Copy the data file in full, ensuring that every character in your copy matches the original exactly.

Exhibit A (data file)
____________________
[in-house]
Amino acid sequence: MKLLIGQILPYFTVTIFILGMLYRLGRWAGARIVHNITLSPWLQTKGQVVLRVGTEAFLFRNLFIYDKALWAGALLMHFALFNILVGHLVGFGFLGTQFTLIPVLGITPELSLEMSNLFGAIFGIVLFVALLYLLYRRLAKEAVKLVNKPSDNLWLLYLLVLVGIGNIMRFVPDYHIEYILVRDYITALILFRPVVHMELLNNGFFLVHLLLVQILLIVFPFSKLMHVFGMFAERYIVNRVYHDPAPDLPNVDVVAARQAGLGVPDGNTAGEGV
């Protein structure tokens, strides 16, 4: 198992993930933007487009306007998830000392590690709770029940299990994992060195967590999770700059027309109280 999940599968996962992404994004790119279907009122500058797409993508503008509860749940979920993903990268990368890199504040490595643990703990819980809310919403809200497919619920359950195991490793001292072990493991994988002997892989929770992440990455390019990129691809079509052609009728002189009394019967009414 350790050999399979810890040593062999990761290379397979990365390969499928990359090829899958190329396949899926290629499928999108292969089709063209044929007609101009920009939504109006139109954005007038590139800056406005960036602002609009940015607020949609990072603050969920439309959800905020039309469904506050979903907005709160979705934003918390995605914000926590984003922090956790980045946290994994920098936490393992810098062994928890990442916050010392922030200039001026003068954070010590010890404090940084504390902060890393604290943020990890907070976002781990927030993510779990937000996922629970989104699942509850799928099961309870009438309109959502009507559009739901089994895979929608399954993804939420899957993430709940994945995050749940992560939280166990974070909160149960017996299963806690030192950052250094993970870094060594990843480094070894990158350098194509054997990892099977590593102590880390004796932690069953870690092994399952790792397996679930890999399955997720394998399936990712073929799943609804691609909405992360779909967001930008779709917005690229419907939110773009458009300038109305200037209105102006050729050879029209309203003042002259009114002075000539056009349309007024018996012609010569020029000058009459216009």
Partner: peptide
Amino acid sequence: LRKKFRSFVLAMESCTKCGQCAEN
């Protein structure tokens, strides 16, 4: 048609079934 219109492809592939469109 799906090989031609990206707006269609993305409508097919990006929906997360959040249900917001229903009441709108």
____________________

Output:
[in-house]
Amino acid sequence: MKLLIGQILPYFTVTIFILGMLYRLGRWAGARIVHNITLSPWLQTKGQVVLRVGTEAFLFRNLFIYDKALWAGALLMHFALFNILVGHLVGFGFLGTQFTLIPVLGITPELSLEMSNLFGAIFGIVLFVALLYLLYRRLAKEAVKLVNKPSDNLWLLYLLVLVGIGNIMRFVPDYHIEYILVRDYITALILFRPVVHMELLNNGFFLVHLLLVQILLIVFPFSKLMHVFGMFAERYIVNRVYHDPAPDLPNVDVVAARQAGLGVPDGNTAGEGV
């Protein structure tokens, strides 16, 4: 198992993930933007487009306007998830000392590690709770029940299990994992060195967590999770700059027309109280 999940599968996962992404994004790119279907009122500058797409993508503008509860749940979920993903990268990368890199504040490595643990703990819980809310919403809200497919619920359950195991490793001292072990493991994988002997892989929770992440990455390019990129691809079509052609009728002189009394019967009414 350790050999399979810890040593062999990761290379397979990365390969499928990359090829899958190329396949899926290629499928999108292969089709063209044929007609101009920009939504109006139109954005007038590139800056406005960036602002609009940015607020949609990072603050969920439309959800905020039309469904506050979903907005709160979705934003918390995605914000926590984003922090956790980045946290994994920098936490393992810098062994928890990442916050010392922030200039001026003068954070010590010890404090940084504390902060890393604290943020990890907070976002781990927030993510779990937000996922629970989104699942509850799928099961309870009438309109959502009507559009739901089994895979929608399954993804939420899957993430709940994945995050749940992560939280166990974070909160149960017996299963806690030192950052250094993970870094060594990843480094070894990158350098194509054997990892099977590593102590880390004796932690069953870690092994399952790792397996679930890999399955997720394998399936990712073929799943609804691609909405992360779909967001930008779709917005690229419907939110773009458009300038109305200037209105102006050729050879029209309203003042002259009114002075000539056009349309007024018996012609010569020029000058009459216009």
Partner: peptide
Amino acid sequence: LRKKFRSFVLAMESCTKCGQCAEN
């Protein structure tokens, strides 16, 4: 048609079934 219109492809592939469109 799906090989031609990206707006269609993305409508097919990006929906997360959040249900917001229903009441709108």